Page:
Malfeasance in UK Law

Leading Cases
  • Derbyshire County Council v Times Newspapers Ltd
    • House of Lords
    • 18 Febrero 1993

    The authorities cited above clearly establish that a trading corporation is entitled to sue in respect of defamatory matters which can be seen as having a tendency to damage it in the way of its business. Examples are those that go to credit such as might deter banks from lending to it, or to the conditions experienced by its employees, which might impede the recruitment of the best qualified workers, or make people reluctant to deal with it.

  • Jeynes v News Magazines Ltd and Another
    • Court of Appeal (Civil Division)
    • 31 Enero 2008

    (2) The hypothetical reasonable reader is not naïve but he is not unduly suspicious. He can read in an implication more readily than a lawyer and may indulge in a certain amount of loose thinking but he must be treated as being a man who is not avid for scandal and someone who does not, and should not, select one bad meaning where other non-defamatory meanings are available. (6) The hypothetical reader is taken to be representative of those who would read the publication in question.

  • Bonnick v Morris
    • Privy Council
    • 17 Junio 2002

    Responsible journalism is the point at which a fair balance is held between freedom of expression on matters of public concern and the reputations of individuals. Maintenance of this standard is in the public interest and in the interests of those whose reputations are involved. It can be regarded as the price journalists pay in return for the privilege.

  • Loutchansky v Times Newspapers Ltd (No. 2)
    • Court of Appeal (Civil Division)
    • 05 Diciembre 2001

    The interest is that of the public in a modern democracy in free expression and, more particularly, in the promotion of a free and vigorous press to keep the public informed. The corresponding duty on the journalist (and equally his editor) is to play his proper role in discharging that function. Unless the publisher is acting responsibly privilege cannot arise.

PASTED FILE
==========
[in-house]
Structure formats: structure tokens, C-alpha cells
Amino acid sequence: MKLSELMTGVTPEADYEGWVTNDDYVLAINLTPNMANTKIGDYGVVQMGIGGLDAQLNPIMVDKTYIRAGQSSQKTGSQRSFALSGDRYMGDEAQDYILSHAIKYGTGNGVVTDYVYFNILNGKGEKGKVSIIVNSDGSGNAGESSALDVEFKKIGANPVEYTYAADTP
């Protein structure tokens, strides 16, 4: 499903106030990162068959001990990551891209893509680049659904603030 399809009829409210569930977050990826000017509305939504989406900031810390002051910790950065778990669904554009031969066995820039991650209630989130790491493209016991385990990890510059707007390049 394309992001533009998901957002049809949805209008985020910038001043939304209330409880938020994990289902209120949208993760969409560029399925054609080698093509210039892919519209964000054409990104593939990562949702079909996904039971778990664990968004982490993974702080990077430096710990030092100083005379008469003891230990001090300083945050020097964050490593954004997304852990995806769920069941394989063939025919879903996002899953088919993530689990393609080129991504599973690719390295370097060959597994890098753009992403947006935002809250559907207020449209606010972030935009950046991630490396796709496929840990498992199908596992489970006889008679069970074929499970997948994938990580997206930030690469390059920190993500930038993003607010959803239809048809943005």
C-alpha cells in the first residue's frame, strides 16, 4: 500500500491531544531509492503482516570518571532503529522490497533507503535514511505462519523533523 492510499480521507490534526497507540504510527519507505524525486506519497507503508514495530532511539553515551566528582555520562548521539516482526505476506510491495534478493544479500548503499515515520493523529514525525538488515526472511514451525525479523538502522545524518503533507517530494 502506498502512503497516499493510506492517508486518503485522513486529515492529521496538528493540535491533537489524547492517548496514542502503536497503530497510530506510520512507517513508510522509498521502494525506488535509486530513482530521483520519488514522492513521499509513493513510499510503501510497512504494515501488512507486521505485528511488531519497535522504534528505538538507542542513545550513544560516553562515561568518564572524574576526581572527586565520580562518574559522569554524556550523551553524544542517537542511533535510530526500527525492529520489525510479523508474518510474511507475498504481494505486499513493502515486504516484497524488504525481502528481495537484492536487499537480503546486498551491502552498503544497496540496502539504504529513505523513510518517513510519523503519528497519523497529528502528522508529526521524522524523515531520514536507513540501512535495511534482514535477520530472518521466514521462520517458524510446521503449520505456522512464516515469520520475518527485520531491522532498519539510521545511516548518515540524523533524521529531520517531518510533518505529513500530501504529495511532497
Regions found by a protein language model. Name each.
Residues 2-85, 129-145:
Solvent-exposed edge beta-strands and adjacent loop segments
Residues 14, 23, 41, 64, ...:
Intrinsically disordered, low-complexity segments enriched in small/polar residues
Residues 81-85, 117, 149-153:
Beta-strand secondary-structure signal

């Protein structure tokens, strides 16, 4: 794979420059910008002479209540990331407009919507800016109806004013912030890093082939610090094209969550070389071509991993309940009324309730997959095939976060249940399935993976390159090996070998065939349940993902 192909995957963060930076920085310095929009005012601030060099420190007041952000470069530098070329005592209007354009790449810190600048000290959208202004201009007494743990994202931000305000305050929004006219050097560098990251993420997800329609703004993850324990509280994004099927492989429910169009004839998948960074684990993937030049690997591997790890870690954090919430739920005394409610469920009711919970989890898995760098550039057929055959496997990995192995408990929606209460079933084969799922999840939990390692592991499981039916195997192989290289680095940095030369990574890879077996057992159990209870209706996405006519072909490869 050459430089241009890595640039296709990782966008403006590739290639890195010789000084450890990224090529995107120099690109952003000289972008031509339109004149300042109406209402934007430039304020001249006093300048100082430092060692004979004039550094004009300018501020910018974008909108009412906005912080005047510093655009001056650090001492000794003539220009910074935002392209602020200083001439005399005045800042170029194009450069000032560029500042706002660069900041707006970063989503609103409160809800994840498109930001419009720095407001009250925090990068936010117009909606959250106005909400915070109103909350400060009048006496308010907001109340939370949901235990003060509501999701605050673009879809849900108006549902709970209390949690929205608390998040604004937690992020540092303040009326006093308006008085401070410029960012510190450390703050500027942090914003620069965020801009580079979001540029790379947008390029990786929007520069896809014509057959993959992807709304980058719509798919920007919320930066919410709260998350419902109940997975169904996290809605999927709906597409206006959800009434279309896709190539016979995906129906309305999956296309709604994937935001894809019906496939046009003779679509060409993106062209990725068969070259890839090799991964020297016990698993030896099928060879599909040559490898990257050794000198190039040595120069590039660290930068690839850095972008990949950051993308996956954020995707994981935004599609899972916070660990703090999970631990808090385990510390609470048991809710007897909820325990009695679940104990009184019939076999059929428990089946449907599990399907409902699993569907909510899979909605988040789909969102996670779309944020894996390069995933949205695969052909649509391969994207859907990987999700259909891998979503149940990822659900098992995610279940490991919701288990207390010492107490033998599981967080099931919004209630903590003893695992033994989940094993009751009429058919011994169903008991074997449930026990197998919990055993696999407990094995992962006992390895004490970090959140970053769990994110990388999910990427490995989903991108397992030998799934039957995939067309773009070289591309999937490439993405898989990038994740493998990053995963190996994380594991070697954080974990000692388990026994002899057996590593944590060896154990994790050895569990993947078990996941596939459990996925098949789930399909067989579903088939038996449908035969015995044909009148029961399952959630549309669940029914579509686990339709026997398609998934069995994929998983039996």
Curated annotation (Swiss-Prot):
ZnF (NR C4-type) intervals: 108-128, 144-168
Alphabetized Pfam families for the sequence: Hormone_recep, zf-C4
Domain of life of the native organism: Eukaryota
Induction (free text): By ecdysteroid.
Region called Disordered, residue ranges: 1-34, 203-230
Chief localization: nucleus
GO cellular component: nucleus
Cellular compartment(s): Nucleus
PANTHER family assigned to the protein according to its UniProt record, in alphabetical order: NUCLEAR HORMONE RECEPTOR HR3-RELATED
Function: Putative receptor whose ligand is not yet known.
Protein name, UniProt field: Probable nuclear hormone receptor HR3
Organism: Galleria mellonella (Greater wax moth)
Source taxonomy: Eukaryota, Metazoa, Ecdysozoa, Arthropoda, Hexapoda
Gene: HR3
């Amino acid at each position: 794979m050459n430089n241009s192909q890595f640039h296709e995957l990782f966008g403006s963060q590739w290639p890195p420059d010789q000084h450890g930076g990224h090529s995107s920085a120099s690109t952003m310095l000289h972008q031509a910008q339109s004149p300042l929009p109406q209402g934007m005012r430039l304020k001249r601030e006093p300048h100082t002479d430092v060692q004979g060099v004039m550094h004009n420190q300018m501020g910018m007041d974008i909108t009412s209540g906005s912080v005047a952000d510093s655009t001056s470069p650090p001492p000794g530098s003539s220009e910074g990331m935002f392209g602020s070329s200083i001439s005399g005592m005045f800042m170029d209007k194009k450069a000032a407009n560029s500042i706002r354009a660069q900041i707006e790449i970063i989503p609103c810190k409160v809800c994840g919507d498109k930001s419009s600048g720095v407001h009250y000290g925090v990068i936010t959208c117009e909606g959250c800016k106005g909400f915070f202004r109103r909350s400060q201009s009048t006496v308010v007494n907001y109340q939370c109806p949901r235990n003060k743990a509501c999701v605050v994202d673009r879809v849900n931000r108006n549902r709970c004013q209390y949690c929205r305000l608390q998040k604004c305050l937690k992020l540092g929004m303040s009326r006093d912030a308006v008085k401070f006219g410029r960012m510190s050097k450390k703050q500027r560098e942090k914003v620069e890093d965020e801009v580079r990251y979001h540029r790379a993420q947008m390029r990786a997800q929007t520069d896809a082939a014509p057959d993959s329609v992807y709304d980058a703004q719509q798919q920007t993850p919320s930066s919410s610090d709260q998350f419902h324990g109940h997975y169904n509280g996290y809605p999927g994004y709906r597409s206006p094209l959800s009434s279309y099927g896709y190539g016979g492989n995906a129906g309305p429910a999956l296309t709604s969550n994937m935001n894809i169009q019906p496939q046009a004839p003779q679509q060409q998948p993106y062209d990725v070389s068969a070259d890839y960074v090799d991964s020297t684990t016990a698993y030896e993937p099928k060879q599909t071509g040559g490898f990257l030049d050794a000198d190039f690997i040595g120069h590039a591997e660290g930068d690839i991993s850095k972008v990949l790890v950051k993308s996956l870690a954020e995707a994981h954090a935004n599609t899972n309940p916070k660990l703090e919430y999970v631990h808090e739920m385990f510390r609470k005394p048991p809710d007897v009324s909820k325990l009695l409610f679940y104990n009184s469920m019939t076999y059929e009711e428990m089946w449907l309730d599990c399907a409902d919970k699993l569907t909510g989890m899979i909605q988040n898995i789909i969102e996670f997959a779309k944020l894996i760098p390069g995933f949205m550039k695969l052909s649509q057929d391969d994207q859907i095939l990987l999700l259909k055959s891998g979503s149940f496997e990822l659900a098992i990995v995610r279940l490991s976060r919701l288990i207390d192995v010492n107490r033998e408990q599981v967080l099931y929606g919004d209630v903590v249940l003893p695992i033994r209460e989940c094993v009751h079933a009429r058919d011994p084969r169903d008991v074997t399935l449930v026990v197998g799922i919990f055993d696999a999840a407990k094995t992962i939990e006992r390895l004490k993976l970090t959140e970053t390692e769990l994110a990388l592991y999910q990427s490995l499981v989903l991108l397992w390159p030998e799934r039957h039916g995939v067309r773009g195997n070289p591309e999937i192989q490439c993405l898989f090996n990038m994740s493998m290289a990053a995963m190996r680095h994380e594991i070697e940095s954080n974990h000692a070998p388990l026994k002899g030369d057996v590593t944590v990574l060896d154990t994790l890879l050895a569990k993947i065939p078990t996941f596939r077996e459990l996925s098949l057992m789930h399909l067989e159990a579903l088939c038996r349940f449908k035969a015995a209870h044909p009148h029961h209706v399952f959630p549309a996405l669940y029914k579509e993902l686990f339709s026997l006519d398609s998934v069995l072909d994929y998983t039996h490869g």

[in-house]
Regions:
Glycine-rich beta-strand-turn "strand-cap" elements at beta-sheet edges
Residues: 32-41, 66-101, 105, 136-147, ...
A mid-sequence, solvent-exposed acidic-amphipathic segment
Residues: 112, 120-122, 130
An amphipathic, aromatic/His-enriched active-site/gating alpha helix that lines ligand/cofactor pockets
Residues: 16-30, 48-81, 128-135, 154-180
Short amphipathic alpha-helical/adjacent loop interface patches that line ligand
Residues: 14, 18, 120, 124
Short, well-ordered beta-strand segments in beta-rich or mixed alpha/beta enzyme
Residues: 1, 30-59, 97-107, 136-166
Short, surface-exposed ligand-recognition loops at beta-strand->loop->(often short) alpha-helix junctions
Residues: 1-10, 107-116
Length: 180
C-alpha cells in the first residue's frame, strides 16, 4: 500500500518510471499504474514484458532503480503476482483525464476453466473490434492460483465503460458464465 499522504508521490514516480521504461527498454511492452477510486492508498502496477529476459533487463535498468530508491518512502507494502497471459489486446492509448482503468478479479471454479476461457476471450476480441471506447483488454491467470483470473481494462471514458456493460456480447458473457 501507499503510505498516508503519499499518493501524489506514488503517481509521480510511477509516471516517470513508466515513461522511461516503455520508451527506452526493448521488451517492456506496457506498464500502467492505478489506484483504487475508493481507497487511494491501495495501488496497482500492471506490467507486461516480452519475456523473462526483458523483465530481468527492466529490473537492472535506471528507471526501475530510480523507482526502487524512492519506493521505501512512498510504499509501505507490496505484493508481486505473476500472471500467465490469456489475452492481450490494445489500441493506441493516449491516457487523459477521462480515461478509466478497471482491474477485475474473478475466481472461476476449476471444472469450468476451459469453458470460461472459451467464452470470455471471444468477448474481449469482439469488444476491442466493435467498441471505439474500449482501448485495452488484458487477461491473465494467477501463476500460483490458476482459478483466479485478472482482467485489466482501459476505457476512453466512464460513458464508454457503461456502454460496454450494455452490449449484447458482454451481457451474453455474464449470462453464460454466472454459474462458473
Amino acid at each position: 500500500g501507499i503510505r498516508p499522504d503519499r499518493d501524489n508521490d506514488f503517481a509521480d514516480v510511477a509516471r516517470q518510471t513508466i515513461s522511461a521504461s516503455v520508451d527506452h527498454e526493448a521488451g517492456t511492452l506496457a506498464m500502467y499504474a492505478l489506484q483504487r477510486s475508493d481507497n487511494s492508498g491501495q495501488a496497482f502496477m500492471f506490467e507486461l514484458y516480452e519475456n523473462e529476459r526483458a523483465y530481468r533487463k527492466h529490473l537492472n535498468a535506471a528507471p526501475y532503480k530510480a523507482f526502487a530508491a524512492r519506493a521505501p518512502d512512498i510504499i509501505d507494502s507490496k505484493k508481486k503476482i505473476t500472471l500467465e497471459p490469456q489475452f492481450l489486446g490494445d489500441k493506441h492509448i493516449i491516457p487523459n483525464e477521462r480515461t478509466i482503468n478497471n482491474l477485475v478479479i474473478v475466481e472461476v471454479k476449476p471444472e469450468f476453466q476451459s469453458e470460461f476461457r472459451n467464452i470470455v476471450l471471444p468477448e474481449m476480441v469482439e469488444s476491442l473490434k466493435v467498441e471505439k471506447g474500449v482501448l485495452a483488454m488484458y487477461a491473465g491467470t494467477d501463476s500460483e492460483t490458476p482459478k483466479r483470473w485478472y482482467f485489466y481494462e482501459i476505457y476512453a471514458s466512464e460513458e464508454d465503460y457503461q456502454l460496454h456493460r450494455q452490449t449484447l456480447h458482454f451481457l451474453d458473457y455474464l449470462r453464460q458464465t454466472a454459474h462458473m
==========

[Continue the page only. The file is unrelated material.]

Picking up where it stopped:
• Dingle v Associated Newspapers Ltd
    • House of Lords
    • 24 Mayo 1962

    If it refers to the same matter as the libel, it tends to prove a justification and is therefore not admissible in mitigation of damages but only in support of a plea of justification. If it refers to something different from the libel, it cannot be admitted because it is specific misconduct which it is not considered fair that you should bring up against him, see Plato Films Ltd. v. Spedel [1961] A.C. 1090.

  • John v MGN Ltd
    • Court of Appeal (Civil Division)
    • 12 Diciembre 1995

    In assessing the appropriate damages for injury to reputation the most important factor is the gravity of the libel; the more closely it touches the plaintiff's personal integrity, professional reputation, honour, courage, loyalty and the core attributes of his personality, the more serious it is likely to be. The extent of publication is also very relevant: a libel published to millions has a greater potential to cause damage than a libel published to a handful of people.

  • Broome v Cassell & Company Ltd
    • House of Lords
    • 23 Febrero 1972

    Such actions involve a money award which may put the plaintiff in a purely financial sense in a much stronger position than he was before the wrong. Not merely can he recover the estimated sum of his past and future losses, but, in case the libel, driven underground, emerges from its lurking place at some future date, he must be able to point to a sum awarded by a jury sufficient to convince a bystander of the baselessness of the charge.